Nearly 127,000 ballots cast inside vehicles during early voting in Harris County will not be kicked to the curb – at least not yet.
U.S. District Judge Andrew Hanen on Monday dismissed a lawsuit filed by four Republicans that sought to stop drive-through voting in Harris County and invalidate 126,912 votes that were cast in that manner during early voting from Oct. 13-30. Hanen said the plaintiffs – Republican activist Steven Hotze, State Rep. Steve Toth, U.S. House of Representatives candidate Wendell Champion and state district judge candidate Sharon Hemphill – lacked standing and filed their lawsuit too late because the election was well underway when it was filed this past weekend.
The plaintiffs subsequently appealed to the 5th Circuit Court of Appeals, which rejected the lawsuit late Monday night.
“Today’s decision validates what we have been saying all along: Drive thru voting is safe, secure, legal and a common sense way for voters to cast their ballots during a pandemic,” Harris County Judge Lina Hidalgo, who approved the practice, said in a statement. “It is beyond comprehension that anyone would seek to invalidate 127,000 votes legally cast by voters.”
Hanen, in a series of remarks after dismissing the lawsuit, said he thought the votes in question were cast legally because, “The vast, vast, vast majority did that in reliance on their public officials telling them that this was a legal, right way to vote.” But he stopped short of saying the practice of drive-through voting is legal under the Texas Election Code and ordered Harris County, the defendant in the case, to maintain records of which voters utilized the drive-through option in case a higher court deems those votes illegal.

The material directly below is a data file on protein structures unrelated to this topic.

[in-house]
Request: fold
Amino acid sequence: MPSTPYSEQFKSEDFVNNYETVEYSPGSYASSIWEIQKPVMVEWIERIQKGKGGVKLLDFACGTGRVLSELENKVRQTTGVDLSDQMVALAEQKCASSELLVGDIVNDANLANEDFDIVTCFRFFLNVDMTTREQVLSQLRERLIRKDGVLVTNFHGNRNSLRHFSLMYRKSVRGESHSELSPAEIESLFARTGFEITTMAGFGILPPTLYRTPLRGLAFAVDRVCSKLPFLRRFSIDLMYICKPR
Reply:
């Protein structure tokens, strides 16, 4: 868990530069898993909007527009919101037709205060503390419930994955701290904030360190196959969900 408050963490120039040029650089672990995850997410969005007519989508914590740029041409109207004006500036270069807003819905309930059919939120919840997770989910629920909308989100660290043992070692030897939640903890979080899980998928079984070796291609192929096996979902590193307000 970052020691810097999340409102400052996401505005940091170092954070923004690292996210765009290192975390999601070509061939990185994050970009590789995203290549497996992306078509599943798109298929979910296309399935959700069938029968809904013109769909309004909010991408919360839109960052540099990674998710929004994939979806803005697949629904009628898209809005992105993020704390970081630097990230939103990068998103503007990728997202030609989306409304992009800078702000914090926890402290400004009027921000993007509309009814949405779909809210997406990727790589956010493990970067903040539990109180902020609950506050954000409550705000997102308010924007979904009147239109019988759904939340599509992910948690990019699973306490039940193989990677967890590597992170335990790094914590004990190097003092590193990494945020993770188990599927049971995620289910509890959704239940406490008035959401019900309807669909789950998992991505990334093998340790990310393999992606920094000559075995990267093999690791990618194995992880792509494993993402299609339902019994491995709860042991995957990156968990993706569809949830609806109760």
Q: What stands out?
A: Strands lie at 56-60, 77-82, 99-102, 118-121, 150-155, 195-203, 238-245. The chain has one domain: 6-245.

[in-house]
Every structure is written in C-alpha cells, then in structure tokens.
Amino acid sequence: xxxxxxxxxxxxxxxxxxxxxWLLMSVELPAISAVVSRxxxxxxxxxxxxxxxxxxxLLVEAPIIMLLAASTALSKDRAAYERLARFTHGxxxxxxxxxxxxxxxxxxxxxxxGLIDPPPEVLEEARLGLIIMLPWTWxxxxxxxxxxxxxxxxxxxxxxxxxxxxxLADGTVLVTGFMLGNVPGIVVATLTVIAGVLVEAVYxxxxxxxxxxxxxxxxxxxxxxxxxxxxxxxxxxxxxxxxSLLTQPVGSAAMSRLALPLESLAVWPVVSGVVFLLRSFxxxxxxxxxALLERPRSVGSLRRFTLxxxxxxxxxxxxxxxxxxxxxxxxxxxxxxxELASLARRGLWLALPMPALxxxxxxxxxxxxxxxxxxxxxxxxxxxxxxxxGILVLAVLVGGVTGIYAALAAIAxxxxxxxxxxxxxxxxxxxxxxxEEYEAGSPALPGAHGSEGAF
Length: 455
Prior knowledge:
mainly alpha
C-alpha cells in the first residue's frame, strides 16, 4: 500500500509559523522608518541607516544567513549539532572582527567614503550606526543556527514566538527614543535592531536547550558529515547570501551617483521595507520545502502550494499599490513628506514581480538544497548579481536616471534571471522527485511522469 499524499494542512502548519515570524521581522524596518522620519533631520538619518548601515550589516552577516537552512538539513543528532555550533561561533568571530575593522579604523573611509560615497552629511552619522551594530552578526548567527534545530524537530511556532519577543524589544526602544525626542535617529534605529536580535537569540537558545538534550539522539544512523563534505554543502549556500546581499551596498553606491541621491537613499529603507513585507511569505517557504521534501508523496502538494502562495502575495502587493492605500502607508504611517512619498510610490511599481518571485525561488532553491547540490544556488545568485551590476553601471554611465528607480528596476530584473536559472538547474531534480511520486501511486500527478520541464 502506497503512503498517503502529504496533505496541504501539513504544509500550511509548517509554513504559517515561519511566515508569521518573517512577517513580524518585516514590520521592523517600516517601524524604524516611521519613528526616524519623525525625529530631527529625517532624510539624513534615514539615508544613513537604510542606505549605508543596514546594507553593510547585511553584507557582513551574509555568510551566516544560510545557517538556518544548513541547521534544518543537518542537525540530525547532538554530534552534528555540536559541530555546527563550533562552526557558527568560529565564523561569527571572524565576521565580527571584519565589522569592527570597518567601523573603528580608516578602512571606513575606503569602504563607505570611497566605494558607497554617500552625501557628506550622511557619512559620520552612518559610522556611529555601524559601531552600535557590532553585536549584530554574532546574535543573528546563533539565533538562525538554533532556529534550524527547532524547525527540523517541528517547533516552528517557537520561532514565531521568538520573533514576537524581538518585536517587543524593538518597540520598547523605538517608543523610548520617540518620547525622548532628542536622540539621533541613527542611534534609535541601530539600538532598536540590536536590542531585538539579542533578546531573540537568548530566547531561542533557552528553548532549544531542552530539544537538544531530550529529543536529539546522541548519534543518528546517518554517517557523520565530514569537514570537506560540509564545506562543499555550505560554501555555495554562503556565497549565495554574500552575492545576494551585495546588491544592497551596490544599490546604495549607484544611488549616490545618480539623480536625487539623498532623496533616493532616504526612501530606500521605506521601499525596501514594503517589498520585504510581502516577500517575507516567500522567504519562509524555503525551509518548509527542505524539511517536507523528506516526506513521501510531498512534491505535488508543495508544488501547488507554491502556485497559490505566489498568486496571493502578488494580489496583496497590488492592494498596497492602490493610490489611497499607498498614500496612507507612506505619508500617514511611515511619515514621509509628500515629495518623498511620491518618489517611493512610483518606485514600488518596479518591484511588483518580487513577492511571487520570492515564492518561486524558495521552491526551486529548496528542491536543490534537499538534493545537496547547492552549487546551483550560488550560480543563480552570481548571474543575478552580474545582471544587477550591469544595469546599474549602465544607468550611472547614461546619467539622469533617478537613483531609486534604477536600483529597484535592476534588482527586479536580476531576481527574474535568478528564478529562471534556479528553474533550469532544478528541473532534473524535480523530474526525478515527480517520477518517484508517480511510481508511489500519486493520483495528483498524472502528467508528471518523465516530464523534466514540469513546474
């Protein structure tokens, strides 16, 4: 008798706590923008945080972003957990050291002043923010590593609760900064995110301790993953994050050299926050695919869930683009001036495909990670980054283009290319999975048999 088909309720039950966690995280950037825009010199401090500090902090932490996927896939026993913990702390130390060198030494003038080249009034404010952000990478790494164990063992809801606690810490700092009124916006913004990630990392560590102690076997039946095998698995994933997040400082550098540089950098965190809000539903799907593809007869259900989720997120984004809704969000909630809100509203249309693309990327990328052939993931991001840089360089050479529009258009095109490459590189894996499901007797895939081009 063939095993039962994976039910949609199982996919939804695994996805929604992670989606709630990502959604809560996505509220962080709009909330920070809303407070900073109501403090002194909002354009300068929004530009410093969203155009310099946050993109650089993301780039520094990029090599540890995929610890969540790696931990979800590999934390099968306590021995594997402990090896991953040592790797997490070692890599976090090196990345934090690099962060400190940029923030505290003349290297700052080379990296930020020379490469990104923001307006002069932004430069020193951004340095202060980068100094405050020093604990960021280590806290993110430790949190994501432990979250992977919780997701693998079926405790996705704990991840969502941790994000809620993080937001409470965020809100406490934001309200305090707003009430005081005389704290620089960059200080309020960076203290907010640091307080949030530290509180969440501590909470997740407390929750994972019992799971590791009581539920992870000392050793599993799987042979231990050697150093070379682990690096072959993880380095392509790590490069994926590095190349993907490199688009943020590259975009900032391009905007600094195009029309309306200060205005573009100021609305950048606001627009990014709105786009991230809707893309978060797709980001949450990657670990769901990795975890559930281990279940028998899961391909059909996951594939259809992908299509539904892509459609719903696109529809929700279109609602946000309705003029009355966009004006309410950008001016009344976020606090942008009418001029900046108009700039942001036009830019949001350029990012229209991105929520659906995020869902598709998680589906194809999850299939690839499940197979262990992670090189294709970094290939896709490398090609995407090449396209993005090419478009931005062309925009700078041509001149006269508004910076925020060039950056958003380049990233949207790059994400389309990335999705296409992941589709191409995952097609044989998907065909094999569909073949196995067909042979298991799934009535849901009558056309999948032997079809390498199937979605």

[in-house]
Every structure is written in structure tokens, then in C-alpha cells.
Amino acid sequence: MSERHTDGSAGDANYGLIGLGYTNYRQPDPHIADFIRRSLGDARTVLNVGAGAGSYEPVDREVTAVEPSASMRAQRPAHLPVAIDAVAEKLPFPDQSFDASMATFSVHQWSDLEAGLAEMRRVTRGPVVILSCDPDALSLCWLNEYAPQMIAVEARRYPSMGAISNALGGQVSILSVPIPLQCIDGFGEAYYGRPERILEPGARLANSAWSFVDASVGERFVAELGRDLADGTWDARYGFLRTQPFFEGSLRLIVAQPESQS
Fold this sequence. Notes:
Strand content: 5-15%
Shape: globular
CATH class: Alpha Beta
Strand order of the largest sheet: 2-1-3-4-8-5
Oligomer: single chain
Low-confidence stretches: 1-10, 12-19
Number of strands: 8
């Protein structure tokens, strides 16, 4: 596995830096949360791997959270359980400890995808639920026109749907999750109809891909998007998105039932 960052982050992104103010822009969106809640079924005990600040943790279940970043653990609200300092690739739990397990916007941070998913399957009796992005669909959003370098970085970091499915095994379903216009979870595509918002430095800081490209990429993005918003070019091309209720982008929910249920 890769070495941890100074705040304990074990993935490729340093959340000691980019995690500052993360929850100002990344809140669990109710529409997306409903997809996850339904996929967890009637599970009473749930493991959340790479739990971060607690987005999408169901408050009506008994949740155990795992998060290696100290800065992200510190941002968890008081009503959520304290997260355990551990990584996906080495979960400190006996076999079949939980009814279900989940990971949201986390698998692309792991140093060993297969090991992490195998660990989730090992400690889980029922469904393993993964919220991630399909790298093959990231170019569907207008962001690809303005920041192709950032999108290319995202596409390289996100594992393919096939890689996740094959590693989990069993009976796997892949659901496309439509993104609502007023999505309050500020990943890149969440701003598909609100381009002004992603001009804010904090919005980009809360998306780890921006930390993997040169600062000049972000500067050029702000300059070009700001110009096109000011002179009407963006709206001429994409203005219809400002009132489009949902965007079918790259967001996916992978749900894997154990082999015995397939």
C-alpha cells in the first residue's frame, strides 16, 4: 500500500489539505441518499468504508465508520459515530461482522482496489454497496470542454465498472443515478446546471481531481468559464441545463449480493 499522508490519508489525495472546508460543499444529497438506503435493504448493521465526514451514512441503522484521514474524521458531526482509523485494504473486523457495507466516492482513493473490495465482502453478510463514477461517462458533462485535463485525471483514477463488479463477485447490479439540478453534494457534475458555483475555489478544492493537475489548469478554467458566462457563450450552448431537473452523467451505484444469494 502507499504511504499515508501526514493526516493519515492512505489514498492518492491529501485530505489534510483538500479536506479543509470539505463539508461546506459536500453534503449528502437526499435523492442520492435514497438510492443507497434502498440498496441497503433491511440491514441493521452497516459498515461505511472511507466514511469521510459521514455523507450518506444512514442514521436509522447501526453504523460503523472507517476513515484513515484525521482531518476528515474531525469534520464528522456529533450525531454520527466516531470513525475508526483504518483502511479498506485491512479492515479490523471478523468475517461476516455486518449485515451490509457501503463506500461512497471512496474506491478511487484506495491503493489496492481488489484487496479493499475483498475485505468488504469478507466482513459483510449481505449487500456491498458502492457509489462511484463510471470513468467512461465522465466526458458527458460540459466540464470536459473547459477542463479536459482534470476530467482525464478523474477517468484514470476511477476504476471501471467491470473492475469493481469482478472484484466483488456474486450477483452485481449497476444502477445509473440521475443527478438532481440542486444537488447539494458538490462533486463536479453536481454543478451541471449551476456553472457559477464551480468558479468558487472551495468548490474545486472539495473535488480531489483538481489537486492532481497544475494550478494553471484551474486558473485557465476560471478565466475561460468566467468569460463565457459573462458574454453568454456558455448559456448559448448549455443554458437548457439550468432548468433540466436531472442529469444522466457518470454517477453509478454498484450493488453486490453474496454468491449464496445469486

Hanen also cast doubt on the legality of future votes cast via drive-through, in which voters remain in their vehicles, provide identification to poll workers and then receive electronic devices on which to log in and cast their ballots.
“I’ve already voted,” Hanen said. “I would not vote in a drive-through just out of my concern as to whether that’s legal or not.”
Nearly 9 percent of the 1.435 million early votes cast in Harris County were via drive-through, according to early voting totals released by the Harris County Clerk’s Office. At Resurrection Metropolitan Community Church, an area polling place at 2025 W. 11th St. in Timbergove Manor, there were 10,337 drive-through voters during early voting and 6,880 ballots cast there through traditional in-person voting.
Jared Woodfill, an attorney for the plaintiffs, argued that drive-through voting violates the Texas Election Code and U.S. Constitution because the Texas Legislature has not specifically allowed for it and the state’s other 253 counties are not utilizing it. He also argued the movable tents utilized for drive-through voting are not structures, which is an early voting requirement according to the election code, but Hanen said he did not agree with that argument and considers drive-through tents to be structures.
However, Hanen also noted that voting in Texas on Election Day must be conducted in a “building.” He said he does not consider the drive-through tents to be buildings.
In light of Hanen’s opinion, Harris County Clerk Chris Hollins said Monday night on Twitter that only one of the county’s 10 drive-through polling sites, Toyota Center, will operate on Election Day because it is a permanent structure. The county is using a total of 806 polling locations on Tuesday.
Attorneys for Harris County said election officials such as Hollins, cited as the defendant in the lawsuit, have discretion about how to administer elections under state law. Attorneys representing some of the county’s drive-through voters also argued against the lawsuit and asked the judge not to discount their votes, with one saying, “Invalidating the ballots would be profoundly inequitable.”
David Hobbs, an attorney representing himself, said he and his wife voted via drive-though because she was 35 weeks pregnant at the time and it was an “ideal way” to minimize the risk of contracting COVID-19 while being conducive to his wife’s mobility issues. Hobbs said his wife delivered twins on Friday, so he was running on little sleep during Monday’s hearing.
“What they’re trying to do is completely inappropriate,” Hobbs said of the plaintiffs. “What they’re trying to do is replace the will of the people with the will of a few small people. I’m here to say my vote counts.”